Finally, mutations.  Every respiratory virus is numbered in the trillions or even more.  Every replication event is an opportunity for a change in the basic chemical sequence of the viral genome.  Replication involves copying that genome accurately and evolution actually favors allowing errors, sort of way of experimenting to see if a change creates advantages in survival.  The same thing happens in evolution of any living creature, including humans.  So at any given time, millions and billions of replication events are occurring, as are mutations or changes in the original genetic sequence.  Some of the changes will inevitably confer some advantage, and that advantage will allow greater presence of the new strain.  We have seen this continually with CV-19.  But despite early panic about the effect of several new strains, including now the Delta one, over time it becomes clear that they are not more dangerous and usually not even that much more transmissible.

The public policy response to the epidemic alarmed me from the start and as I noted above, is what prompted my writing about it and beginning to summarize data and research for readers.  It is literally unprecedented to shut down businesses and schools and tell people to stay home in the way that we did.  We have had some very serious flu epidemics and we never engaged in these suppression activities.  Not only were these largely futile, but they obviously have inflicted tremendous social, health and economic damage on populations.  These measures were adopted largely out of panic, hysteria and a herd mentality among our political leaders and so-called public health experts.  The countries, such as Sweden, and the states, such as Florida, that adopted a more rational and balanced approach have incurred no greater toll from the epidemic, and in many cases a lesser toll, than those who went full suppression.

I coined the term coronamonomania to describe this absurd fixation on the notion that you even could suppress a respiratory virus in a large, densely populated, developed nation.  Public health officials should be concerned about the health of the entirety of the population, and political leaders should be concerned about the general welfare of everyone in the country.  And they should recognize the limits and failures of various attempts to suppress spread and find alternatives when those are not working.  Instead in the US alone we have seen tens of thousands of deaths attributable not to the virus, but to the suppression efforts which deterred people from seeking needed health care, from isolation of the elderly, especially those with Alzheimers, and from increased drug and alcohol abuse.  This health toll will continue long after the epidemic recedes.  Study after study shows that we are ruining the lives of a generation of children; serious mental health issues are up substantially and suicides increasing as we deprive children of meaning social and educational experiences.  A recent McKinsey study re-emphasized what many other studies have found, the loss of education among children creates lasting harm to their economic and social well-being, and this is especially pronounced among minorities and children in low-income households.  And we have created unprecedented economic turmoil.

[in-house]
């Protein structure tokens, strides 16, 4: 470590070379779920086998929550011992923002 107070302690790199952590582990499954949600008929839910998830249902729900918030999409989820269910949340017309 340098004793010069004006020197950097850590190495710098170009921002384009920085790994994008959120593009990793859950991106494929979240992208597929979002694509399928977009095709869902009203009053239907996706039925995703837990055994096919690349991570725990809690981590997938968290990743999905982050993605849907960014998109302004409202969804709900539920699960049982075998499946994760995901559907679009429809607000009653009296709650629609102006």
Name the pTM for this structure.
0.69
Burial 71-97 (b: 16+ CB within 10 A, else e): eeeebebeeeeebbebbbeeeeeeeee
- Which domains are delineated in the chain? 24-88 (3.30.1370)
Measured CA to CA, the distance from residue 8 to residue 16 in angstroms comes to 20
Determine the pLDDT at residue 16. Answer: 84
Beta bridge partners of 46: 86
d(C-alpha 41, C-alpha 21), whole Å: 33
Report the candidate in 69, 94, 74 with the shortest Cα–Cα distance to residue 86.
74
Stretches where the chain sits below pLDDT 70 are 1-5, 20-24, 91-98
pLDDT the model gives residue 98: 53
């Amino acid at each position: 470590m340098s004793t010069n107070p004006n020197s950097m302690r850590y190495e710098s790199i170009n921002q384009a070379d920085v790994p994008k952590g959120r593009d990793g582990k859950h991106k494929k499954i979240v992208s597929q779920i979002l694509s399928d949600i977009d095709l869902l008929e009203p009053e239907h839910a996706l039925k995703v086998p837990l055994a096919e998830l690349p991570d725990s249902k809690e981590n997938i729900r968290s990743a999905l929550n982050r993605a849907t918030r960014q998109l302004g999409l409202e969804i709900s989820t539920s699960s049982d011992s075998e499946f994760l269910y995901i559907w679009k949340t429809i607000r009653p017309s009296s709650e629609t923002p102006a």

And these suppression efforts didn’t work.  They didn’t work in part because they were based on horrible data and modeling.  Using completely unreliable data from China, modelers, first in the UK and then here in the US, painted a picture of a virus running completely amok and killing tens of millions of people.  The modelers ignored obvious early signs that the virus was primarily dangerous to the frail elderly and those with serious pre-existing health conditions and that there was wide variation in susceptibility to infection and infectiousness. They said their models showed that these extreme lockdowns would stop the epidemic.   So politicians went into panic and cover-my-ass mode.  The terror has been sustained by over-attribution of hospitalizations and deaths to CV-19, using unprecendented notions of if you have any presence of the virus, regardless of lack of symptoms, your hospitalization or death must have been caused by the virus.  And the measures made no difference, we see the same classic epidemic curves everywhere.

From the very start, I have tried to encourage a realistic assessment of the situation.  This is a wide-spread, highly transmissible virus that cannot be expunged.  It will be here, we have to adapt.  We can do so with vaccines and effective treatments.  We are fortunate that unlike flu, it does not seem to inflict serious illness on children and younger adults with any frequency.  The deaths are largely among those with limited life expectancy and have almost entirely substituted for flu deaths.  We cannot endure a continued upheaval of educational, social and economic life.  It is not good for our collective psyche to be subjected to round after round of terror and hysteria.  So brace up, and accept our inevitable fate of enduring periodic epidemics and be thankful that we do have the technical capability to fight CV-19 effectively, but also insist that the comprehensive welfare of the public as a whole be the polestar by which our fight must be guided.  No more lockdowns, no more school closings, no more mask mandates, no more of the futile, virtue-signaling measures which are not supported by data or any credible research.

Join the discussion 30 Comments

  • L. E. Watkins says:

    Excellent “common sense” application of a complex situation. Politicians who make bad decisions on limited knowledge while under stress should be forgiven. Those who make bad decision while ignoring sound knowledge should be removed. We need to be involved in the politician removal business. That was the concept of our founding fathers. Only an informed electorate can preserve our liberties!

    Thanks again for your efforts at sharing with the public!

  • Debbie says:

    Well done, Kevin! Thank you again for a brilliant synopsis of the dreaded CV-19. I have followed you since last spring and you always reassure me that I’m one of the sane ones. I also am happy to see you acknowledge that vaccines AND therapeutics will help curb the spread. On a personal note, my spouse and I have recently been un-invited to two social events because of our vaccination status. We both have recovered from Covid ( mild cases at age 67, and & 70 thank goodness), have possibly a better immunity at this point from Delta than those vaxxed, and yet we are penalized.